2012 Nissan Sentra Driving Impressions

The Nissan Sentra holds its own in a world of big vehicles. The base 2.0-liter engine puts the Sentra on par with other high-tech four-cylinder engines. Boasting an aluminum block and head, continuously variable valve timing, and electronic fuel injection, the 2.0-liter makes 140 horsepower. However, the real story is its strong torque of 147 pound-feet. Torque is important because it's needed for acceleration from lower speeds, such as when accelerating from an intersection or up a steep grade, and the Sentra feels quite powerful around town and in traffic.

Our Sentra 2.0 zoomed up freeway on-ramps, and felt like it belonged in the fast lane. It ran in 80-mph traffic with ease and had no trouble cruising at 90. The engine wasn't loud and didn't feel strained at that pace, although under full-throttle acceleration it was a bit noisy from 5000 rpm up to its redline of 6500.

Fuel economy for a Sentra with the 2.0-liter engine is an EPA-rated 27/34 mpg City/Highway with the CVT transmission, and 24/31 mpg with the six-speed manual.

The CVT is now in its third generation, and the technology has improved greatly. The main benefit with a CVT is better gas mileage, a result of less internal friction. With only two ranges, high and low, it's smoother because there's less shifting, though the sound is odd, as if the car is winding up like a snowmobile. Floor the gas pedal and the Sentra surges ahead aggressively.

The Sentra SE-R Spec V feels docile in traffic, in spite of the performance from its 200-horsepower 2.5-liter four-cylinder. It makes its best power near redline, from 6600-7000 rpm, so you need to drive it enthusiastically to get the most out of it. It doesn't feel high-strung, however. It's easy to live with and provides that extra bit of oomph when you want to play. The Spec V comes with an easy-shifting six-speed manual transmission and the clutch works with ease, making the Spec V feel more like an everyday driver than a sport compact.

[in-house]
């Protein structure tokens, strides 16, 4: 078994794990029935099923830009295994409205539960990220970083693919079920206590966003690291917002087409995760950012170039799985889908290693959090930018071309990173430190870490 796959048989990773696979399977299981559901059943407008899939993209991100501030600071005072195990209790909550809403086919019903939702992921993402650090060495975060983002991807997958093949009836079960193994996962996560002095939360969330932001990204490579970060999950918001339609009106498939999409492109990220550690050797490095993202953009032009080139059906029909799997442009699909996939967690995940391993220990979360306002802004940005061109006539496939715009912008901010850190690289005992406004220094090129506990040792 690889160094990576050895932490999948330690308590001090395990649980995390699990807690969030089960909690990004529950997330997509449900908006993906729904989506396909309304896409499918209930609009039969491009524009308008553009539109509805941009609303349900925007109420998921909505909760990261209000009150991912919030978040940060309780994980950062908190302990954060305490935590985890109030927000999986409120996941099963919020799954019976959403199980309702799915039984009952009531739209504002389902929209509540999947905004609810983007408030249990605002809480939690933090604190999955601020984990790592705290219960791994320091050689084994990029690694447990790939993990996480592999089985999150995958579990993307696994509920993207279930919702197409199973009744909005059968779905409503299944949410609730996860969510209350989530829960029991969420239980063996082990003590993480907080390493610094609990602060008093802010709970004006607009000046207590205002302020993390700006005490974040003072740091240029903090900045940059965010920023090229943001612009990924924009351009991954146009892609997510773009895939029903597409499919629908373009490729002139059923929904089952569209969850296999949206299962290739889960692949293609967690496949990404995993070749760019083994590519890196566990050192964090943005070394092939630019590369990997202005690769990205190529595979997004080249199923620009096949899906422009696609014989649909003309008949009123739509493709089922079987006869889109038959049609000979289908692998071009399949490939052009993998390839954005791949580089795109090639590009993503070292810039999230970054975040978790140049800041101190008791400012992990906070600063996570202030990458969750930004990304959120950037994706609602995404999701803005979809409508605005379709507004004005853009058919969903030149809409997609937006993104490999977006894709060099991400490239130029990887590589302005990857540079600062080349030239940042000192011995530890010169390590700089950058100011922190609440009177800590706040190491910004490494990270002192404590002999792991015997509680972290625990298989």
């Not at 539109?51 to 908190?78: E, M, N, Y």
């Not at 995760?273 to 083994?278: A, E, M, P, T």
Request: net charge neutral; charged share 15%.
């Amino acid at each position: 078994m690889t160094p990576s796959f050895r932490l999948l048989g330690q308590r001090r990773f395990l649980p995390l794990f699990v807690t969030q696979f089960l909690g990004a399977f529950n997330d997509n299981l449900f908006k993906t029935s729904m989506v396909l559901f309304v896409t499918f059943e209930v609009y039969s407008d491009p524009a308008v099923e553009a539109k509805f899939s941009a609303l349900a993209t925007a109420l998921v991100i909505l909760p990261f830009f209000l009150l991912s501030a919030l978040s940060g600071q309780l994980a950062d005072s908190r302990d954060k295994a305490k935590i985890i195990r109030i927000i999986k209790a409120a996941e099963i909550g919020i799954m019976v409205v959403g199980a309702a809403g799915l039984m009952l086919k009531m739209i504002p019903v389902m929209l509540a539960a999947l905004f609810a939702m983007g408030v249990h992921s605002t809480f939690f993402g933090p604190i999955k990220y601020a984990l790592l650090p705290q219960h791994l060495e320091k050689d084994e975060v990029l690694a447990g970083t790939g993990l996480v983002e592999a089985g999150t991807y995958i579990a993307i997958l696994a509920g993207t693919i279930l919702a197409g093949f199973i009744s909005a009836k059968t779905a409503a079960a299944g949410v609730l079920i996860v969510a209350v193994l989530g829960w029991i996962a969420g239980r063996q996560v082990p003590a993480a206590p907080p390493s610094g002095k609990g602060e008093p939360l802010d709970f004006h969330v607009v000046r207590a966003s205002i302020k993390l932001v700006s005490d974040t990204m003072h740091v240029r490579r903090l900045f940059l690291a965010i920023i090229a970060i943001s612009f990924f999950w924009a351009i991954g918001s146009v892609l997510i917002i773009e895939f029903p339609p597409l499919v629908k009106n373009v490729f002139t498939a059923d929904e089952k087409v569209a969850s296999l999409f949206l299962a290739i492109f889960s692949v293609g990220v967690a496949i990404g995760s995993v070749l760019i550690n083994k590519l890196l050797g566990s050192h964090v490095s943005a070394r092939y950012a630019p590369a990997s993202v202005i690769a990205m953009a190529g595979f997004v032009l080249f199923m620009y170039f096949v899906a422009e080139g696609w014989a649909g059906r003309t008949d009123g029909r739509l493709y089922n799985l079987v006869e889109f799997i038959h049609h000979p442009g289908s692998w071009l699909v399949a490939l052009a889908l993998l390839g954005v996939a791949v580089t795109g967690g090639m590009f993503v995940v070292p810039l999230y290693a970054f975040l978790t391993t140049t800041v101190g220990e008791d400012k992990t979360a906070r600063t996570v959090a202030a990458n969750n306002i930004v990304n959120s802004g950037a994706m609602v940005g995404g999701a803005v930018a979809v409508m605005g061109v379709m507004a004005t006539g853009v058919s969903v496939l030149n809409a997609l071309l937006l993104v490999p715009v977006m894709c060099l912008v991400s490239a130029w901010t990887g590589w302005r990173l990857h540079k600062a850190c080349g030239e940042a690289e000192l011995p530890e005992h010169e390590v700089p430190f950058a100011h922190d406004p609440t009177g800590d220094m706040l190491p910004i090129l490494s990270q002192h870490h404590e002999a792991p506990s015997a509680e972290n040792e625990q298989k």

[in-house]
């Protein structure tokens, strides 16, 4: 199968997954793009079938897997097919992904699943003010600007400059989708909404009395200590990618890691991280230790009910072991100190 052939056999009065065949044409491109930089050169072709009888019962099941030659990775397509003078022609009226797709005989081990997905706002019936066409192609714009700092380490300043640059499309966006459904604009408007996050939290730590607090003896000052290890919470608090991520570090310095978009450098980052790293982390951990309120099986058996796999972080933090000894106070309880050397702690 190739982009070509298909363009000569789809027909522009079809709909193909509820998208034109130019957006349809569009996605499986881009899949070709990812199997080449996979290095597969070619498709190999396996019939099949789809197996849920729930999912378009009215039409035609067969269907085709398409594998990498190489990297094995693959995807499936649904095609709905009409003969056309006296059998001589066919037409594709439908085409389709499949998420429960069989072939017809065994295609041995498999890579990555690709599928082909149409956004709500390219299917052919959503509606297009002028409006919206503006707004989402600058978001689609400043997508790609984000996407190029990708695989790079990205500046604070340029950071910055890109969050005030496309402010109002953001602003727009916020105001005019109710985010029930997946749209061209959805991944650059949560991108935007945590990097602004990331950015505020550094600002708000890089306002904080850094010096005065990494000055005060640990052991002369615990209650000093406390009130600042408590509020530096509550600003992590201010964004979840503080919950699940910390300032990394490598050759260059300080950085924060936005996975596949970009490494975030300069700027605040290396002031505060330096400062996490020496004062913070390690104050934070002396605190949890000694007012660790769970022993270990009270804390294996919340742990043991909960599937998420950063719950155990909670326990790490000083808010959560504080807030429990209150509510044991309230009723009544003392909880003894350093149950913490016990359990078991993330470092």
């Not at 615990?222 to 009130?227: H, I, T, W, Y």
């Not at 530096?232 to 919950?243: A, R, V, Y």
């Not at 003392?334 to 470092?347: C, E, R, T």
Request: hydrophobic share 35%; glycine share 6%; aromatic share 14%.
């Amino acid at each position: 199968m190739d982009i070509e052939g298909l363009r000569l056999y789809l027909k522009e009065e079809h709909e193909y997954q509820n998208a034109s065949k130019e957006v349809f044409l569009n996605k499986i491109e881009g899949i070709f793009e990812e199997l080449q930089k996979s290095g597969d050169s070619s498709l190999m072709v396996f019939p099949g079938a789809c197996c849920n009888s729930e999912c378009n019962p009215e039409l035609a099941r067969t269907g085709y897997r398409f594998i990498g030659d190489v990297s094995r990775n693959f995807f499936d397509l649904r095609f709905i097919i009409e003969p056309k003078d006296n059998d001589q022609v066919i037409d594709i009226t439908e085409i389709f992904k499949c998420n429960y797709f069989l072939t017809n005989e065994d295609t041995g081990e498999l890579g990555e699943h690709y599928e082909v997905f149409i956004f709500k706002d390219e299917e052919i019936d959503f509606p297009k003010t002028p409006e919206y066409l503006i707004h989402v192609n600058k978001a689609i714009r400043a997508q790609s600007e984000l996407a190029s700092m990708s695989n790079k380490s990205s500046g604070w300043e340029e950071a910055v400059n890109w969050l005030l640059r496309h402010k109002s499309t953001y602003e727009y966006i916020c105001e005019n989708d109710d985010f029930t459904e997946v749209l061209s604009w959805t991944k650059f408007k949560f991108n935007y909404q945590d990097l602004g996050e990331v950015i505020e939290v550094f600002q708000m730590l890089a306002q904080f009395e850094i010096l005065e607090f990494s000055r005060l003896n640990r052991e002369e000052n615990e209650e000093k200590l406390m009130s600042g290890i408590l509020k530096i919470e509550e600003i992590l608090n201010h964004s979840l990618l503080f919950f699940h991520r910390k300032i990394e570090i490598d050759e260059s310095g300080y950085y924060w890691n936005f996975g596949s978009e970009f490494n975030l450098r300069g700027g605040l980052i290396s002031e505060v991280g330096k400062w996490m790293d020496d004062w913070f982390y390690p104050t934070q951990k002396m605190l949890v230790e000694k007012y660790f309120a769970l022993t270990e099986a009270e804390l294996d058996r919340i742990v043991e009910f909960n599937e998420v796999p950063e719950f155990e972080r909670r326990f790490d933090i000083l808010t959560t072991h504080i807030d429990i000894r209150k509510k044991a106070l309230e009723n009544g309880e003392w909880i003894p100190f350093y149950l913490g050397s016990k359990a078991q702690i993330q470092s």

The suspension on all Sentras is struts in front with a torsion beam in the rear: The rear is a compact design with separate shocks and coil springs that allows more room for the trunk that's above it. In its base form, the suspension is forgiving. In its most aggressive state, in the SE-R Spec V (with higher-rate springs, shocks and bushings), it's firm in a quality kind of way, yet never harsh or uncomfortable. It feels rugged and inspires confidence out there in the cruel world of roadway realities. It even felt comfortable over a series of Chicago potholes. We haven't driven the standard SE-R, but we suspect it is also quite comfortable.

We had the opportunity to drive the SE-R Spec V at the fast 4.0-mile Road America circuit near Elkhart Lake, Wisconsin. We found it to be fun but not razor sharp. The engine revved predictably, without climbing too quickly for the driver to keep up with gear shifts. The brakes didn't fade during our high-speed lap, and the handling gave nice feedback.

We also thrashed it around an autocross course. The engine provided good power out of corners, so much so that we spun the inside wheel. We would recommend the optional limited-slip differential for anyone wanting to do parking-lot autocrosses or other hard driving in the Spec V. The car leaned more in quick, sharp turns than an autocrosser would like, and wasn't as sharp as the likes of a Mini Cooper S or BMW 1 Series. Overall, when it comes to ride and handling, the Spec V is a comfortable road car, with decent handling that provides a lot of feedback as it approaches the edge of adhesion.

The brakes felt good on the street. Base models have vented 11-inch discs in front and drums in rear. The SE-R has 11.7-inch front discs and 11.5-inch rear discs, and the SE-R Spec V gets 12.6-inch front rotors. ABS is now standard on all models, right down to the base 2.0. We recommend ABS because the anti-lock brakes allow you to brake and steer at the same time in a panic stop.

The Sentra uses electric power steering, as opposed to hydraulic. It's speed-sensitive, which means the feel is lighter when parking and heavier out on the freeway, as it should be.

Request More Info

/* DNA4535761 ddcdrewc */
true true true true true true true true true true true true true true